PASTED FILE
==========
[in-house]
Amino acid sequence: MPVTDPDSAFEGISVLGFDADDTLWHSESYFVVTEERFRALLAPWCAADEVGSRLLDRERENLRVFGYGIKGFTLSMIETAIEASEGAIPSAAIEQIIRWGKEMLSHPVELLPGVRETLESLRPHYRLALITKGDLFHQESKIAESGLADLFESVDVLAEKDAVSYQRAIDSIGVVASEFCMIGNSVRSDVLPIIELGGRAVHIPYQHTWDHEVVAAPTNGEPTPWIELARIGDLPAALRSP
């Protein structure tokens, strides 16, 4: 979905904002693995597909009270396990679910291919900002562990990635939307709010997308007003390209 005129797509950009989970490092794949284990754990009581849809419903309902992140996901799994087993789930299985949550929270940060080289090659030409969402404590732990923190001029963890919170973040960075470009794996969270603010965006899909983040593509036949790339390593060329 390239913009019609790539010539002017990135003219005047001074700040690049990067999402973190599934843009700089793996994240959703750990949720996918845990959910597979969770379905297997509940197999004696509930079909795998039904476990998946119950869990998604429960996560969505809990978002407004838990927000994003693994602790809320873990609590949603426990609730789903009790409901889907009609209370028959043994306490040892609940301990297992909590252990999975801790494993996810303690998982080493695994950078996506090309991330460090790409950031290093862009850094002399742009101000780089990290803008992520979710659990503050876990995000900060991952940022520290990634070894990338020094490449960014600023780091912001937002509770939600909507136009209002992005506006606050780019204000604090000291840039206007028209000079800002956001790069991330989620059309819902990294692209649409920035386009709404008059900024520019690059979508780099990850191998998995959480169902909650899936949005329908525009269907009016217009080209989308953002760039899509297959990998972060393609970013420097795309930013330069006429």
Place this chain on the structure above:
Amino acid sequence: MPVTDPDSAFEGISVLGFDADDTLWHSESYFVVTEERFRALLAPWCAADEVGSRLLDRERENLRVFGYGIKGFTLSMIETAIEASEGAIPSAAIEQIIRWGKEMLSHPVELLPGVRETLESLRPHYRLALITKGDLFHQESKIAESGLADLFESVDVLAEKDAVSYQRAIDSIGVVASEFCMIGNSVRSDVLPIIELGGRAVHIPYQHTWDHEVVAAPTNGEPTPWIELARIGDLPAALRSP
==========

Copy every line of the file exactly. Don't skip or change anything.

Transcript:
[in-house]
Amino acid sequence: MPVTDPDSAFEGISVLGFDADDTLWHSESYFVVTEERFRALLAPWCAADEVGSRLLDRERENLRVFGYGIKGFTLSMIETAIEASEGAIPSAAIEQIIRWGKEMLSHPVELLPGVRETLESLRPHYRLALITKGDLFHQESKIAESGLADLFESVDVLAEKDAVSYQRAIDSIGVVASEFCMIGNSVRSDVLPIIELGGRAVHIPYQHTWDHEVVAAPTNGEPTPWIELARIGDLPAALRSP
């Protein structure tokens, strides 16, 4: 979905904002693995597909009270396990679910291919900002562990990635939307709010997308007003390209 005129797509950009989970490092794949284990754990009581849809419903309902992140996901799994087993789930299985949550929270940060080289090659030409969402404590732990923190001029963890919170973040960075470009794996969270603010965006899909983040593509036949790339390593060329 390239913009019609790539010539002017990135003219005047001074700040690049990067999402973190599934843009700089793996994240959703750990949720996918845990959910597979969770379905297997509940197999004696509930079909795998039904476990998946119950869990998604429960996560969505809990978002407004838990927000994003693994602790809320873990609590949603426990609730789903009790409901889907009609209370028959043994306490040892609940301990297992909590252990999975801790494993996810303690998982080493695994950078996506090309991330460090790409950031290093862009850094002399742009101000780089990290803008992520979710659990503050876990995000900060991952940022520290990634070894990338020094490449960014600023780091912001937002509770939600909507136009209002992005506006606050780019204000604090000291840039206007028209000079800002956001790069991330989620059309819902990294692209649409920035386009709404008059900024520019690059979508780099990850191998998995959480169902909650899936949005329908525009269907009016217009080209989308953002760039899509297959990998972060393609970013420097795309930013330069006429």
Place this chain on the structure above:
Amino acid sequence: MPVTDPDSAFEGISVLGFDADDTLWHSESYFVVTEERFRALLAPWCAADEVGSRLLDRERENLRVFGYGIKGFTLSMIETAIEASEGAIPSAAIEQIIRWGKEMLSHPVELLPGVRETLESLRPHYRLALITKGDLFHQESKIAESGLADLFESVDVLAEKDAVSYQRAIDSIGVVASEFCMIGNSVRSDVLPIIELGGRAVHIPYQHTWDHEVVAAPTNGEPTPWIELARIGDLPAALRSP